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Displaying the classical chic of 'Le Petit Caporal'

By LIN QI | China Daily | Updated: 2024-04-11 07:39
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A statue of Josephine, Napoleon's first wife, on show at the Meet Napoleon: The Disappeared Palaces exhibition in Beijing. [Photo provided to China Daily]

In September 1785, when the Ecole Militaire (Military School) in Paris released its exam results, only 58 of 137 students tested had passed, with a 16-year-old Corsican named Napoleon Bonaparte in 42nd place.

While academic performance is important, it clearly isn't everything. In Napoleon's case, few could have imagined that the young second lieutenant would later become a master tactician, statesman and emperor, reshaping not only France, but the European continent.

Today, Napoleon is a French icon, both revered and hotly debated, and "Le Petit Caporal", as he was affectionately nicknamed, is unarguably one of history's most prominent figures.

In 2021, France's Mobilier National mounted an exhibition marking the 200th anniversary of his death with fine pieces of decorative arts and crafts from its storerooms that exemplified Napoleon's political and private lives.

It has now come to Beijing. Meet Napoleon: The Disappeared Palaces runs until June 20 at the Meet You Museum in the bustling 798 Art District.

Organized by the China Arts and Entertainment Group, and a highlight of the yearlong celebration of the 60th anniversary of Sino-French diplomatic relations, the exhibition marks the Chinese debut of over 80 exquisite objects from the collections of the Mobilier National and the Fondation Napoleon in Paris.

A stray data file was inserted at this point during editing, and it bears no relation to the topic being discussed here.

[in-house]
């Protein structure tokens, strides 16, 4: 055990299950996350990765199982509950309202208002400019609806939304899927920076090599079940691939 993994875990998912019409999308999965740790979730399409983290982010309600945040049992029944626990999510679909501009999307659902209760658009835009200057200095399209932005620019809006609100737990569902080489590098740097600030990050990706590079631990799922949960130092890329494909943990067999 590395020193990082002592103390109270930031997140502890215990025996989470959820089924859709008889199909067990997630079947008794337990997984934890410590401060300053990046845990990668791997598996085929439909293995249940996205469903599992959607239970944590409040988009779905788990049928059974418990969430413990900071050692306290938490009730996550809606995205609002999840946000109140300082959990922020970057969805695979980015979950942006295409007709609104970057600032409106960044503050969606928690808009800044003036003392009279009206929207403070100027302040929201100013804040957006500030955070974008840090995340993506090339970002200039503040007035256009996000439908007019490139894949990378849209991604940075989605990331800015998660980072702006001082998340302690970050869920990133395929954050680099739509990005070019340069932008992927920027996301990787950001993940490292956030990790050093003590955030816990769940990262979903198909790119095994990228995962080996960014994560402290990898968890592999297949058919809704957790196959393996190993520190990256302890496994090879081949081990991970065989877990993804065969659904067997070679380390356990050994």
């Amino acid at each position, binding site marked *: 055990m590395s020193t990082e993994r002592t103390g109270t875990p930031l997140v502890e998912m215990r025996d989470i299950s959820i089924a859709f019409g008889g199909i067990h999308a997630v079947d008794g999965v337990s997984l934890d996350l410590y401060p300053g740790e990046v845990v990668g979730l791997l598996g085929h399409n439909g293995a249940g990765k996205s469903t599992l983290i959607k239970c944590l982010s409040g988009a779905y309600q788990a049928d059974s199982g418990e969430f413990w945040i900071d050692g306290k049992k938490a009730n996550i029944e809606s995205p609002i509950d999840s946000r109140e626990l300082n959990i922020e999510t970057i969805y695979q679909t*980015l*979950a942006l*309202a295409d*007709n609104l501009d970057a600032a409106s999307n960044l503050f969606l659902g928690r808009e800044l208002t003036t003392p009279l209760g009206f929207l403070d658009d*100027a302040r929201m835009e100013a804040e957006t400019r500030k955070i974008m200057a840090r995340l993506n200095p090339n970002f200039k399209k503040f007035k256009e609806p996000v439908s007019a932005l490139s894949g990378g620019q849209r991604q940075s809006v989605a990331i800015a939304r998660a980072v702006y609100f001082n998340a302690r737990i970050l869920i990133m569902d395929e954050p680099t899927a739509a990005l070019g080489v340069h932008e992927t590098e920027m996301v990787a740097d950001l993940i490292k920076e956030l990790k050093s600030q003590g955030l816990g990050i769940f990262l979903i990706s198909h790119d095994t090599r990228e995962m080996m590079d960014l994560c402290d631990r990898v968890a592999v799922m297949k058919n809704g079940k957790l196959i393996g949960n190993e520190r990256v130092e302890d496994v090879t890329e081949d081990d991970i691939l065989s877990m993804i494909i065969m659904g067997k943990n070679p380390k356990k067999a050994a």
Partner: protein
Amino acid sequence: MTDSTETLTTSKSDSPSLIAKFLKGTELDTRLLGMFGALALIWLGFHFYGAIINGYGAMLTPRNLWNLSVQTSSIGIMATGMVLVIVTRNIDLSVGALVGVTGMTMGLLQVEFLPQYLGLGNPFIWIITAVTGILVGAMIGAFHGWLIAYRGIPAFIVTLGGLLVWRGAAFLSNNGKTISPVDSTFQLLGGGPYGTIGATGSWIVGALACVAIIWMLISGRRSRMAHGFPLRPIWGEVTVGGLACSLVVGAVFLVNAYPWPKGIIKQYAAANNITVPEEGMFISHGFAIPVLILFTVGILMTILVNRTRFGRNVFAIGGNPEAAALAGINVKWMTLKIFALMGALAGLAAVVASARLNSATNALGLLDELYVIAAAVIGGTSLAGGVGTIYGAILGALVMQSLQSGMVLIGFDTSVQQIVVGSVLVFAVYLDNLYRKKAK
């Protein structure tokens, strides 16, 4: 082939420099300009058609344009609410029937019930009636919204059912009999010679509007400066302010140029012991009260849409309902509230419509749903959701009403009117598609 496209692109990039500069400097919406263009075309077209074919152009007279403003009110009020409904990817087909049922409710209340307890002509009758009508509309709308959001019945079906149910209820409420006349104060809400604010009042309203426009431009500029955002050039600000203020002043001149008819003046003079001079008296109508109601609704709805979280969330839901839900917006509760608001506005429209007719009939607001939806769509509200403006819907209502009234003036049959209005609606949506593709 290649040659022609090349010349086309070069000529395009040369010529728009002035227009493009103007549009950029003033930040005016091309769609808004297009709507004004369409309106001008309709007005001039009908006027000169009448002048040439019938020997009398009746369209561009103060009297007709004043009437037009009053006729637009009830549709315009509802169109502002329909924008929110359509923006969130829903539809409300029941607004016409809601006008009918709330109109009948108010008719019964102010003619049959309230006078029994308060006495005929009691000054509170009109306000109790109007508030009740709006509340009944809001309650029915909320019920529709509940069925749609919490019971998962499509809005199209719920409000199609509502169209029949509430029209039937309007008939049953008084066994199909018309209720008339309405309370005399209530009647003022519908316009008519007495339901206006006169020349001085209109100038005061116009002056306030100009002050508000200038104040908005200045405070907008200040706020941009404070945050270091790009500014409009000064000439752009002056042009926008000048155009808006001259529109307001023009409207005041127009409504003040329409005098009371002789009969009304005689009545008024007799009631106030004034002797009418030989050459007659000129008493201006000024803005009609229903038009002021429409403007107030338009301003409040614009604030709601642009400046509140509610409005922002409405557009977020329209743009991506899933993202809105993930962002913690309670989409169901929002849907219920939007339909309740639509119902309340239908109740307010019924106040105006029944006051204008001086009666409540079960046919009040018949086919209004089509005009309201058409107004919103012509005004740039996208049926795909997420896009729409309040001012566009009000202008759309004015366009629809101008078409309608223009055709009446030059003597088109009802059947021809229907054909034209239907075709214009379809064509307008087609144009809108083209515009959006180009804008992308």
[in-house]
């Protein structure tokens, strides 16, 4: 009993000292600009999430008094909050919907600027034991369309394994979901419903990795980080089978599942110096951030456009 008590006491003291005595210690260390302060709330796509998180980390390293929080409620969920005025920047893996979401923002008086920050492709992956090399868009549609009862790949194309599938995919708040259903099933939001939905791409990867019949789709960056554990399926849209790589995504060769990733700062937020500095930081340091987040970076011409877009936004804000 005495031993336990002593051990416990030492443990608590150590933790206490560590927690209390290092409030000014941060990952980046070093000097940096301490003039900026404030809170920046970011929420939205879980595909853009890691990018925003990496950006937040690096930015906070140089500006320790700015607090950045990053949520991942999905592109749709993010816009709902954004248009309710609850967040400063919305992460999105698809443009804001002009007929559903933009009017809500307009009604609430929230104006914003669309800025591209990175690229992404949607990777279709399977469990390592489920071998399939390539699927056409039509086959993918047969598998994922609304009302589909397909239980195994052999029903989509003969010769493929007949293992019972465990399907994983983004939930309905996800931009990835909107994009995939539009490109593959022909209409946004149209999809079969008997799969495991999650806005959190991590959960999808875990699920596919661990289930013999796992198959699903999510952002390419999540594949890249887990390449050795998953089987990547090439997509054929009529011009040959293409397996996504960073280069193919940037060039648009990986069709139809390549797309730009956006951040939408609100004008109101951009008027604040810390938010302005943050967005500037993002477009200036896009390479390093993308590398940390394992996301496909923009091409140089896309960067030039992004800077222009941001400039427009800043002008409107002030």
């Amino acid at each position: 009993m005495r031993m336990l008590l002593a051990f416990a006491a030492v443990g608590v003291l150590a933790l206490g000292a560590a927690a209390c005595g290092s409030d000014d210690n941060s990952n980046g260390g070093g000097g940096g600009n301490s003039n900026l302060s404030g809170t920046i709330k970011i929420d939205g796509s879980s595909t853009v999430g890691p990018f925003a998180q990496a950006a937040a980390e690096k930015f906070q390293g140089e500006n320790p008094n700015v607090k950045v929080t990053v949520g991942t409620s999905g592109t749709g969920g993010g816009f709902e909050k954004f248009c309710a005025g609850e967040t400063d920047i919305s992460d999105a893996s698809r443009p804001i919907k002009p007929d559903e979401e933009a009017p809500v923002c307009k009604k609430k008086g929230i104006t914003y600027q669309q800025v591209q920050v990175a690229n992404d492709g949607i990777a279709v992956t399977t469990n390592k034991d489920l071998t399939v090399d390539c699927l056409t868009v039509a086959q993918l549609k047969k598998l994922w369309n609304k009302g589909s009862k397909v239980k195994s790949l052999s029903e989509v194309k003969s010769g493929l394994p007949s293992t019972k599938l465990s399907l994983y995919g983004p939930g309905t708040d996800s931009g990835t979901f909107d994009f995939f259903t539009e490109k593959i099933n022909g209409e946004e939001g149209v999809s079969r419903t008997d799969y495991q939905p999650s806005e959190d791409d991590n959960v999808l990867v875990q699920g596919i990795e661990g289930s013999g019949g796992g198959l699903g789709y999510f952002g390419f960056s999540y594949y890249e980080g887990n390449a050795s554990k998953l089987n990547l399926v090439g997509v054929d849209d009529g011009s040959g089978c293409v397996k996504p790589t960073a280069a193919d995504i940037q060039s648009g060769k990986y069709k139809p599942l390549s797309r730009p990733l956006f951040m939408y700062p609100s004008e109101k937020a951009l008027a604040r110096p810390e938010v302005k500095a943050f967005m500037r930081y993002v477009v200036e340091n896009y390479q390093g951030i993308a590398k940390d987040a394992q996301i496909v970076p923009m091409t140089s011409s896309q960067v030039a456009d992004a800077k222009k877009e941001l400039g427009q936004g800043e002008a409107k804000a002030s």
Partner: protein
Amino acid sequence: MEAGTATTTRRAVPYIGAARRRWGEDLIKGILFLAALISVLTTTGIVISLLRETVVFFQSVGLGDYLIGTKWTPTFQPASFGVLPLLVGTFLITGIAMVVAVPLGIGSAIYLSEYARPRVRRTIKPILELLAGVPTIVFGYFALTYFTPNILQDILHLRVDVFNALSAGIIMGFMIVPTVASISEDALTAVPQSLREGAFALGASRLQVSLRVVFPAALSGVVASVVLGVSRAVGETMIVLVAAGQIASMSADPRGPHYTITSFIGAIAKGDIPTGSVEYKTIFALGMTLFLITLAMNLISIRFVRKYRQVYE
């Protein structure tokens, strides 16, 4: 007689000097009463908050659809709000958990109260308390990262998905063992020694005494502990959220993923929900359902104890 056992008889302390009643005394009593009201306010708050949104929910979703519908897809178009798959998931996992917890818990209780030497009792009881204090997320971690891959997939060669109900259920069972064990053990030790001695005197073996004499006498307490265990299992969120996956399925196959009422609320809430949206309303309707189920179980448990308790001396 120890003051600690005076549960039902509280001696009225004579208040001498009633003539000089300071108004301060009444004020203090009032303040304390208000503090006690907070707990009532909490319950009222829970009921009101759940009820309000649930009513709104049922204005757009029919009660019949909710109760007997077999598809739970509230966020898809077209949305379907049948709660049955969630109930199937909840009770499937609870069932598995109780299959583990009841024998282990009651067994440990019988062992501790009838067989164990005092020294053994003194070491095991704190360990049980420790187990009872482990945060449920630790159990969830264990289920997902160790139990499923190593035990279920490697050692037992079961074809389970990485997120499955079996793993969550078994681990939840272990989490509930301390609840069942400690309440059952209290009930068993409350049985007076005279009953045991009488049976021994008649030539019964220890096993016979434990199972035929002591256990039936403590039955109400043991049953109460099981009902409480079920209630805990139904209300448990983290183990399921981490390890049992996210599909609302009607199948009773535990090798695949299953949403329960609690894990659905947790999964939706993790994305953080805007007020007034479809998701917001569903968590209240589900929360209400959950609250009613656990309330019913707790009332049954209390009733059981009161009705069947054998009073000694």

They once decorated Napoleon's three palaces — the Tuileries, Saint-Cloud and Meudon, which were burned down between 1870 and 1871 during the turmoil of the Franco-Prussian War and the Paris Commune — and show Napoleon at his zenith, and the creativity of the time.

Photos and introductory texts allow visitors to navigate his victories and failures, on both the political and literal battlefields, and reveal a man who, while outstanding in military matters and a tireless worker, was also a voracious learner with an interest in many other fields, including law and mathematics. These are demonstrated by his introduction of the Napoleonic Code and a theorem which is attributed to him.

"He was interested in a wide range of things. He was curious and open to different ideas. He was gifted," Herve Lemoine, director of the Mobilier National, said at a forum following the exhibition's opening in Beijing on March 29.

He adds that the exhibition also shines a light upon Napoleon's lesser known patronage of the arts and sense of culture, vividly evidenced by the objects on show.

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